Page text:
(From Grolier Multimedia Encyclopedia)

U.S. Department of Homeland Security

The U.S. Department of Homeland Security (DHS) became the 15th cabinet department on Jan. 24, 2003. It began as the Office of Homeland Security (OHS), an agency established by George W. Bush's presidential order in the wake of the terrorist attacks of September 11, 2001. The stated mission of the department is to develop and carry out a comprehensive national strategy to secure the United States against terrorist threats or attacks. Its task is to coordinate efforts by the executive branch to detect, prepare for, prevent, protect against, respond to, and recover from terrorist attacks within the nation's borders. To accomplish these objectives, the DHS works with other executive departments and agencies, state and local governments, and private entities, seeking to establish unified law-enforcement policies, guard national health, secure transportation, and protect infrastructure—as an example, the DHS now oversees and helps fund the internal-security activities of 2 million police, firefighters, medical personnel, and other first responders around the country.

In November 2002 the president signed legislation that made the OHS the cabinet-level DHS, with Tom Ridge, who had previously headed the OHS, as secretary; Ridge served until early 2005. The department, which became fully operational on Mar. 1, 2003, brought together about 170,000 federal employees from 22 previously disparate federal agencies with security-related functions. It is made up of five major divisions, or directorates. The Directorate of Border and Transportation Security has absorbed, among other units, the U.S. Customs Service, the U.S. Border Patrol, and the Transportation Security Administration (formerly within the Department of Transportation). Emergency Preparedness and Response includes the former Federal Emergency Management Agency. The Science and Technology Directorate coordinates research and development. Information Analysis and Infrastructure Protection provides a clearinghouse to analyze terrorist-related intelligence information from all sources, including the Federal Bureau of Investigation and the Central Intelligence Agency, which are not part of the new department. The fifth directorate is Management, which handles budget and administration. In addition, the Homeland Security Department includes the following government agencies: the U.S. Coast Guard; the Secret Service; and U.S. Citizenship and Immigration Services, which has taken over most of the responsibilities of the former Immigration and Naturalization Service.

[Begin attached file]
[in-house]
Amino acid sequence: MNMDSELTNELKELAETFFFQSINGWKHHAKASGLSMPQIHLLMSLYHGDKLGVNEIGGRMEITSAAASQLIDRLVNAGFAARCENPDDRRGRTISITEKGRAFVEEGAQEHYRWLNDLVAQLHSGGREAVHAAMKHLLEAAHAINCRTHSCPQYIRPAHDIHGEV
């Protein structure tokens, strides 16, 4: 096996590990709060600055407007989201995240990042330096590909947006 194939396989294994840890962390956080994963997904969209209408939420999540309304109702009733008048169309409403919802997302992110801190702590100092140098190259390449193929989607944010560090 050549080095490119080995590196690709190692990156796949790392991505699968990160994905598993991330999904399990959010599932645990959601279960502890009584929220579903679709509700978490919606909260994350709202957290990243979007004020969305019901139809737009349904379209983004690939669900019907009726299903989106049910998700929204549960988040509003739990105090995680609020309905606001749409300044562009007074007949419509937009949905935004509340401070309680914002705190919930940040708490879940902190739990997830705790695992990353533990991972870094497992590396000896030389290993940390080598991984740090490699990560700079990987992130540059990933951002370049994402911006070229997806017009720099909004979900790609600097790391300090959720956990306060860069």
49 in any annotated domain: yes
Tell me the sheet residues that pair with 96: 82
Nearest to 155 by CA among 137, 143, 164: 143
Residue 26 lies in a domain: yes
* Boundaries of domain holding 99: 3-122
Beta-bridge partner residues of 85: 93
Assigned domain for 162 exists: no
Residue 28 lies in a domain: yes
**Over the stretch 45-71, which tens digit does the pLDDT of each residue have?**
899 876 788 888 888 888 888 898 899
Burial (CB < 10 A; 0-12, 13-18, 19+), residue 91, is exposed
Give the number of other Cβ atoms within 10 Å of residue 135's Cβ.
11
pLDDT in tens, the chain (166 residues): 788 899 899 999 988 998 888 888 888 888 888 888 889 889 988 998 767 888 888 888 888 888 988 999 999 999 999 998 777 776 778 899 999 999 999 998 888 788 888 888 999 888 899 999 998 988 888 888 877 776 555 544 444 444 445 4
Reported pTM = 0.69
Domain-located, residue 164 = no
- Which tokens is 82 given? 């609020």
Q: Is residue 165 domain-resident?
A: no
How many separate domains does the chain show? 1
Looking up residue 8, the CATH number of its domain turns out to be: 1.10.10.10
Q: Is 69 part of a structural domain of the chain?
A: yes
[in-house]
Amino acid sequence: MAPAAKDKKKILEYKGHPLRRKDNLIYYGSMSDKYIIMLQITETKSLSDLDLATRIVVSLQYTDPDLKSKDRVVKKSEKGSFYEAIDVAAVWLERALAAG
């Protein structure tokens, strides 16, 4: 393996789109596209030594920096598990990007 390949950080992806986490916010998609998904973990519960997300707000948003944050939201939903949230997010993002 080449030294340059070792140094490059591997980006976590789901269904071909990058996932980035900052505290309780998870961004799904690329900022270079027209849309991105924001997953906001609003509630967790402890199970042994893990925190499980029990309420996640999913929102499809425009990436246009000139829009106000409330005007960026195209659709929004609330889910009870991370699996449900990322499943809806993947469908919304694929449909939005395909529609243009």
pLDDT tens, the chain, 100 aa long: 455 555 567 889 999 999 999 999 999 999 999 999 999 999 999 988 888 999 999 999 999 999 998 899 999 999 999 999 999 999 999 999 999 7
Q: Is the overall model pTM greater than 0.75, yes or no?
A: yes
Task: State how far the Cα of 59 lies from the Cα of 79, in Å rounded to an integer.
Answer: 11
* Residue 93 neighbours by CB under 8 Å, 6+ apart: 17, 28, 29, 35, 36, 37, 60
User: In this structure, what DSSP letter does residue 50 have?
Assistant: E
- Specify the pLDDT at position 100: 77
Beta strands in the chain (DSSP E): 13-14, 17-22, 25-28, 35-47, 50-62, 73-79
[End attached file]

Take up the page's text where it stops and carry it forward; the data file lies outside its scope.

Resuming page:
The creation of the Department of Homeland Security constitutes the largest reorganization within the federal government since the creation of the Defense Department in 1947. The secretary of the DHS is now 18th in the line of succession for the presidency, ranking after the secretary of the Veterans Affairs Department. The DHS's first-year budget amounted to $37.7 billion.





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